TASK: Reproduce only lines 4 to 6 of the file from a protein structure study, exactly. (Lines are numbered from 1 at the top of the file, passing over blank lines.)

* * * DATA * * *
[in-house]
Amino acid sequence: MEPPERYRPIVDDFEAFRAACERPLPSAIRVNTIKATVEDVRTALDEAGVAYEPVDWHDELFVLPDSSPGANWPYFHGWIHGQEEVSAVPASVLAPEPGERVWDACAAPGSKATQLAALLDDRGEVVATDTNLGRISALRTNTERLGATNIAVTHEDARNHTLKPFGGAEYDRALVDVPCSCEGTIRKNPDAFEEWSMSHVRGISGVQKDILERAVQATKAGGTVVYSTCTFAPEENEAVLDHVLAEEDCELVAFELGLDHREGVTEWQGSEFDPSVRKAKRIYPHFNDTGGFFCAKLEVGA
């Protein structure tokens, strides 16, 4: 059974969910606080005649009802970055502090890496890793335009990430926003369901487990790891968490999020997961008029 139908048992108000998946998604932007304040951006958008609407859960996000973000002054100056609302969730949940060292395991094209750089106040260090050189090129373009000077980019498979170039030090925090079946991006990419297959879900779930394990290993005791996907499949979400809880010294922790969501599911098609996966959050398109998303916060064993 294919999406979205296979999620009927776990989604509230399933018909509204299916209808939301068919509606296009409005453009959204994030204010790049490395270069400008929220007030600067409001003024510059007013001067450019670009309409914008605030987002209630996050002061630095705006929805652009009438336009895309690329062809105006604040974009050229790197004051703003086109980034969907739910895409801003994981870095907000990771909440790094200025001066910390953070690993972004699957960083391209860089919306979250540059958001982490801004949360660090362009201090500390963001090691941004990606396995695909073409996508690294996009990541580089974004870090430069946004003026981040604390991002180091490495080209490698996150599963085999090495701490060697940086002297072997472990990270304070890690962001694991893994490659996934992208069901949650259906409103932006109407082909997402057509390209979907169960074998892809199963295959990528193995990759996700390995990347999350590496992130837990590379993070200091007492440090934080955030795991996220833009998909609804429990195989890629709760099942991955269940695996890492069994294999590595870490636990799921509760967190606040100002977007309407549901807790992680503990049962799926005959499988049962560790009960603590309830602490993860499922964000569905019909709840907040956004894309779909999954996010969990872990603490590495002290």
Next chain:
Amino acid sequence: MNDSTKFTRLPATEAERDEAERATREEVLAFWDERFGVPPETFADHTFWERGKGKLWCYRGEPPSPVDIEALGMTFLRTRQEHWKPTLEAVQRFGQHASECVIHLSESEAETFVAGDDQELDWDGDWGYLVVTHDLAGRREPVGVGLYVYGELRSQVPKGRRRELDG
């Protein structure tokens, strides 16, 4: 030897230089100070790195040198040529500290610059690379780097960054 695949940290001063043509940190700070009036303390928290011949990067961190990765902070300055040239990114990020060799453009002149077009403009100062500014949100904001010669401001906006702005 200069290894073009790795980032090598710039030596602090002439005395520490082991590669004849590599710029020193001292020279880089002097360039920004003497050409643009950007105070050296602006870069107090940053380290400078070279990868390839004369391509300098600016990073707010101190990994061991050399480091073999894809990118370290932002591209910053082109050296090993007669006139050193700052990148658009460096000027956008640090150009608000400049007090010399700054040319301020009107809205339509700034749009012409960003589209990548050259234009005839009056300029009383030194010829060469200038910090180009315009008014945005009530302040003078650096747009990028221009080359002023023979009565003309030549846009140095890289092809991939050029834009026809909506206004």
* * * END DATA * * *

Next chain:
Amino acid sequence: MNDSTKFTRLPATEAERDEAERATREEVLAFWDERFGVPPETFADHTFWERGKGKLWCYRGEPPSPVDIEALGMTFLRTRQEHWKPTLEAVQRFGQHASECVIHLSESEAETFVAGDDQELDWDGDWGYLVVTHDLAGRREPVGVGLYVYGELRSQVPKGRRRELDG
């Protein structure tokens, strides 16, 4: 030897230089100070790195040198040529500290610059690379780097960054 695949940290001063043509940190700070009036303390928290011949990067961190990765902070300055040239990114990020060799453009002149077009403009100062500014949100904001010669401001906006702005 200069290894073009790795980032090598710039030596602090002439005395520490082991590669004849590599710029020193001292020279880089002097360039920004003497050409643009950007105070050296602006870069107090940053380290400078070279990868390839004369391509300098600016990073707010101190990994061991050399480091073999894809990118370290932002591209910053082109050296090993007669006139050193700052990148658009460096000027956008640090150009608000400049007090010399700054040319301020009107809205339509700034749009012409960003589209990548050259234009005839009056300029009383030194010829060469200038910090180009315009008014945005009530302040003078650096747009990028221009080359002023023979009565003309030549846009140095890289092809991939050029834009026809909506206004």